Josh Hader trade: Padres lands All-Star closer to Brewers; here’s what blockbuster means for both teams

The Milwaukee Brewers agreed to trade closer Josh Hader to San Diego Padres, Jim Bowden of CBS Sports HQ confirmed on Monday. Milwaukee will get a reliever Taylor Rogersright handed Dinelson Lamet and prospects Robert Gasser and Esteury Ruiz in the deal which comes less than 30 hours before Tuesday’s trade deadline.

Hader, 28, will qualify for free agency after next season. Because of that, and because of his rising officiating costs (stops are the only stat that makes a reliever pay before he reaches free agency), the Brewers had been more open-minded about move him than you would expect from a first-place team. .

It’s possible the Brewers felt more empowered to make a deal given that Hader is in the midst of a disappointing effort by his standards. In 37 appearances, he amassed a 4.24 ERA (97 ERA+) and a strikeout-to-walk ratio of 4.92. (For reference, even with his struggles this year, he still has a 2.48 career ERA.)

Hader had been particularly ineffective lately, his seasonal ERA falling from 1.09 at the start of July to 4.24 at the end of the month. Five of the seven home runs he has allowed this season have been thrown in six appearances.

The Brewers didn’t necessarily have to have any long-term worries about Hader to justify his transfer – they just had to feel they could get similar production from Rogers, with the other players serving to balance the fact that Rogers will be a agent at the end of the season, a year before Hader. How realistic is this belief? Rogers also had a worse-than-usual year, racking up a 4.35 ERA (87 ERA+) and 5.33 strikeout ratio in 41 innings. For his career, he has a 3.29 ERA in over 350 major league innings.

Sportsline expects the trade to have a favorable impact on San Diego in 2022. The Padres’ odds of making the playoffs fell from 68.9% to 70.7%, while Milwaukee’s odds fell slightly from 78, 8% to 78.2%.

Looking for more information on the Hader trade? Fantasy Baseball Today broke the agreement on an emergency episode. Listen below:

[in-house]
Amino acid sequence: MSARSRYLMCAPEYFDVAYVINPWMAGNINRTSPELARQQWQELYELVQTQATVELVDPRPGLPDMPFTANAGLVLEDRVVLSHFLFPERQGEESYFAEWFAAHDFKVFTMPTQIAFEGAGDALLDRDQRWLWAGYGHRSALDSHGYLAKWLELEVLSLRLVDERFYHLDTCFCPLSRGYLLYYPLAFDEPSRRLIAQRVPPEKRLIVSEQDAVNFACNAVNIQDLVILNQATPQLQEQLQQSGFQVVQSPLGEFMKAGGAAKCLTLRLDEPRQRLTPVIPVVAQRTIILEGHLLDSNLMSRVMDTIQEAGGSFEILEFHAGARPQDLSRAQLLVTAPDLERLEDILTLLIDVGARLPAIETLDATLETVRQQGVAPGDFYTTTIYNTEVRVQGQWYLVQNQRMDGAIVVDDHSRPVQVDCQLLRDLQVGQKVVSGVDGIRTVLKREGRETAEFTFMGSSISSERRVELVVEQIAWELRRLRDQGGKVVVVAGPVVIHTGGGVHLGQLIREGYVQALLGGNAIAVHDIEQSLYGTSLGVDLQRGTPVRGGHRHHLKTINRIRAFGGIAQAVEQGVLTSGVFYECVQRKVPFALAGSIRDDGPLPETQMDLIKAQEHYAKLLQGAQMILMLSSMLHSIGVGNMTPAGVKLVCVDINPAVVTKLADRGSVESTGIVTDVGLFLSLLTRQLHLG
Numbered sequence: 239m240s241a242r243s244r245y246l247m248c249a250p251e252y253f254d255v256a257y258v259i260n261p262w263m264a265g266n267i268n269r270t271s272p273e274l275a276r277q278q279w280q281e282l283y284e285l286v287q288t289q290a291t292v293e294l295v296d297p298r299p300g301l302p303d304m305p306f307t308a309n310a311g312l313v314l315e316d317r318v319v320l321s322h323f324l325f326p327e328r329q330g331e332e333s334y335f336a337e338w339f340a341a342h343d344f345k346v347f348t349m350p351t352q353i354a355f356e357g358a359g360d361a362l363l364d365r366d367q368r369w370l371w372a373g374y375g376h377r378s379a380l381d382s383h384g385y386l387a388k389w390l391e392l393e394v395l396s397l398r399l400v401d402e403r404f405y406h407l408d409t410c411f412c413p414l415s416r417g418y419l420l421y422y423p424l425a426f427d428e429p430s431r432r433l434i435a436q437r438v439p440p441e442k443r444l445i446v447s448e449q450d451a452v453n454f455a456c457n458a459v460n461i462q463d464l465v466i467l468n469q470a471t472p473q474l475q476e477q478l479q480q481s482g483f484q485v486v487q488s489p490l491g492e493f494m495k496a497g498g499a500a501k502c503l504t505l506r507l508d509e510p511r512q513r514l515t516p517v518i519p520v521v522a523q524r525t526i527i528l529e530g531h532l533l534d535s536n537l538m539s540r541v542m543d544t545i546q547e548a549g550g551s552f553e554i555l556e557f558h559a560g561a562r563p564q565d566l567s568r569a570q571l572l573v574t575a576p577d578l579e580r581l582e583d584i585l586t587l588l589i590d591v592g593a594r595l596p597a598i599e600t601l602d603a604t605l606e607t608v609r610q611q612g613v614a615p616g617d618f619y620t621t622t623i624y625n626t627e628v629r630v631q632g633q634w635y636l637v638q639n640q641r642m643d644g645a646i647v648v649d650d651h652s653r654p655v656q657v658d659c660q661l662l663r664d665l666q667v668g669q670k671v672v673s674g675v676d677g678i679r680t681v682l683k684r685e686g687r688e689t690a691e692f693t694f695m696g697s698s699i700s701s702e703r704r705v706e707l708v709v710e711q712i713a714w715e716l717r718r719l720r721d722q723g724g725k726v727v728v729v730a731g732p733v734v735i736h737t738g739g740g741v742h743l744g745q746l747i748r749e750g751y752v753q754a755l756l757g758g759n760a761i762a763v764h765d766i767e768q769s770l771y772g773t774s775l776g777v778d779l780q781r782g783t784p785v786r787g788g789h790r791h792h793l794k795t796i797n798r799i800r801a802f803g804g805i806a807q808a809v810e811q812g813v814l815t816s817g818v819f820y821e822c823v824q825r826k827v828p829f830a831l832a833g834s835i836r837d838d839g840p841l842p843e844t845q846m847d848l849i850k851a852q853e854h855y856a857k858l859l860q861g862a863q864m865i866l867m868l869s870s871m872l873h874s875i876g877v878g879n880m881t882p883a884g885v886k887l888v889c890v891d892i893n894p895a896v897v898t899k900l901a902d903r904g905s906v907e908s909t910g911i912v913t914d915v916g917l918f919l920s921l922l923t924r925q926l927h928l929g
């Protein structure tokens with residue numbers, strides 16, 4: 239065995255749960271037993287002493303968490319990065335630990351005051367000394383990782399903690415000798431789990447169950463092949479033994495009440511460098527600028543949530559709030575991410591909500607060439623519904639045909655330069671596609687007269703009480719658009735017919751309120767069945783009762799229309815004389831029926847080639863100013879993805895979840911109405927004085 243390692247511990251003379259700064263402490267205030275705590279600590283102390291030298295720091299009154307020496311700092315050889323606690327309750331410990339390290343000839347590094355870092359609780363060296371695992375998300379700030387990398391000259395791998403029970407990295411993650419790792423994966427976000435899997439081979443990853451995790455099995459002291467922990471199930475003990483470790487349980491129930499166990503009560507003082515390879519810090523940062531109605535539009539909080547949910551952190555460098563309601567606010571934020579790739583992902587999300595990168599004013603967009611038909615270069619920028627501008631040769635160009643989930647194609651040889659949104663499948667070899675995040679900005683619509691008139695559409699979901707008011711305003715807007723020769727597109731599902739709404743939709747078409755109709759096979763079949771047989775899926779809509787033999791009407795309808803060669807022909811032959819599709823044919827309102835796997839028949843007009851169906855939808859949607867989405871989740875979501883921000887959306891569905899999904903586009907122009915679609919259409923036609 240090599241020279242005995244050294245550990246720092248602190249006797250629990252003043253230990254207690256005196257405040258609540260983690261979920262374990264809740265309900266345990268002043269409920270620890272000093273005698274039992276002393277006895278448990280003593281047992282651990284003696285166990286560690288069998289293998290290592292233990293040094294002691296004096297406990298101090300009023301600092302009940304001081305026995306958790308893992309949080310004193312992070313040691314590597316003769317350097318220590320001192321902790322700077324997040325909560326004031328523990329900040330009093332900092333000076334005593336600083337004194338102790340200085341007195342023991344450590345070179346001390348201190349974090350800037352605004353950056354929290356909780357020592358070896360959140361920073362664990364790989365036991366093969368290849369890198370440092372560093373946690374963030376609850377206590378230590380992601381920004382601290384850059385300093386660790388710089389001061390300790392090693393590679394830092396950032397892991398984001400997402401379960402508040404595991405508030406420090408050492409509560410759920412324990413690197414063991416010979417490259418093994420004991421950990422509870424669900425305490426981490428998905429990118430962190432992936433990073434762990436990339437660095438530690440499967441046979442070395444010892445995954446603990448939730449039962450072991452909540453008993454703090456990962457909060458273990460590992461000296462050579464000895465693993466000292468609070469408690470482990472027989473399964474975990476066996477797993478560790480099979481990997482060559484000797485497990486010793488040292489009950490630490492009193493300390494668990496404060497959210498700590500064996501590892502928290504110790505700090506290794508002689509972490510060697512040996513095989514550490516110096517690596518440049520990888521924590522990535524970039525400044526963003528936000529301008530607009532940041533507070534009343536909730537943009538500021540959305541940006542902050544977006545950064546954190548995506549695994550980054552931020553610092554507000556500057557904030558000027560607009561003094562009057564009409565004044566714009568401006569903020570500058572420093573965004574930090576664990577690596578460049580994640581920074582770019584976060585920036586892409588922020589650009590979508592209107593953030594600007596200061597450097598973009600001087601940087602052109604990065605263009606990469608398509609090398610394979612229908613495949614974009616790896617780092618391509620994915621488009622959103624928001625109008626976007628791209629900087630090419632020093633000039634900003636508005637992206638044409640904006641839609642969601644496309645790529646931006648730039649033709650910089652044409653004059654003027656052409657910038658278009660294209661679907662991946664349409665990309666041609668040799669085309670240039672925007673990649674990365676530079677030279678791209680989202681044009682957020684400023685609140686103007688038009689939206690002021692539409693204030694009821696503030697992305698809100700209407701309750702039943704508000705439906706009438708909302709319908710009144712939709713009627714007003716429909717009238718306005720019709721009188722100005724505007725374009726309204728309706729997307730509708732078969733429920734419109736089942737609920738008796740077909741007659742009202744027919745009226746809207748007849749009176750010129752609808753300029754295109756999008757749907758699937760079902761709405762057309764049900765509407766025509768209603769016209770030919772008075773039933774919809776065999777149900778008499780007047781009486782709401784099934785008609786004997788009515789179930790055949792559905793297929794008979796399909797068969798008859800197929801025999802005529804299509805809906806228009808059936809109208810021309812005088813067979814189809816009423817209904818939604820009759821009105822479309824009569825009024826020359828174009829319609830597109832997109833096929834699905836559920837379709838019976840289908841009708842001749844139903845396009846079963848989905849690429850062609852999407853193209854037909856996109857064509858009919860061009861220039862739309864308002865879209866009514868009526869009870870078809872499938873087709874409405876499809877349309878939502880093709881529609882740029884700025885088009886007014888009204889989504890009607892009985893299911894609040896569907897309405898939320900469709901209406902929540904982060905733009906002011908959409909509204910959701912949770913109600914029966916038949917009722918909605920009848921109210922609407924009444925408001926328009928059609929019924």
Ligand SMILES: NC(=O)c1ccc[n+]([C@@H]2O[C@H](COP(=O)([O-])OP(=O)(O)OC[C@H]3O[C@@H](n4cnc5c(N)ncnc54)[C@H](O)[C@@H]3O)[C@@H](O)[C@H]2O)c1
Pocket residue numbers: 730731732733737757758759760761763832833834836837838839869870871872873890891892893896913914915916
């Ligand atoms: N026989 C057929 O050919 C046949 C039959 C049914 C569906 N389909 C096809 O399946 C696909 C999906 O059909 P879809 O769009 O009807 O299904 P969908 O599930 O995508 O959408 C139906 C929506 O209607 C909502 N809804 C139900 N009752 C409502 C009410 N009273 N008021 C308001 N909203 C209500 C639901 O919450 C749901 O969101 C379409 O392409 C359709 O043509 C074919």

What the profession means for brewers

Above all, it means Milwaukee will have a close regular who isn’t Hader for the first time since grabbing the ninth inning in 2018. The combination of his recent struggles (as mentioned above) and Devin Williams’ continued excellence should make that seem easier to bear for Brewers fans, though it’s reasonable to think the Milwaukee bullpen as a whole could take a step back as a result. (That drop, which the Brewers front office seems to be banking on, may be offset by Rogers.)

Hader’s departure will also free up funds that brewers can allocate elsewhere. He was owed $11 million this season, making him the second highest-paid player on Milwaukee’s roster, behind Christian Yelich. Granted, the savings won’t be felt immediately: Rogers had a salary of over $7 million for the full season, which means the difference for the rest is less than $2 million between them.

The Brewers are also getting additional throwing depth in the form of Lamet, an interesting young hitter in Ruiz, and Gasser, who Baseball America recently ranked as the ninth-best prospect in the San Diego system and potential starter.

What the trade means for the Padres

It’s simple. The Padres were able to acquire Hader, perhaps the best reliever in the game in his career, for a group of foreign players. Rogers had underperformed and was months away from free agency; Lamet had not demonstrated that he was on a big league pitching staff; and neither Ruiz nor Gasser was one of the Padres’ top young prospects.

It’s rare to be able to land a potential impact talent — even in the form of a reliever — without giving up a player the team will surely miss. The Padres accomplished that here. Even if there’s a chance that Hader is down, it’s a valid bet. One that could improve the Padres’ bullpen without jeopardizing their pursuit of Juan Soto or other additions at the trade deadline.

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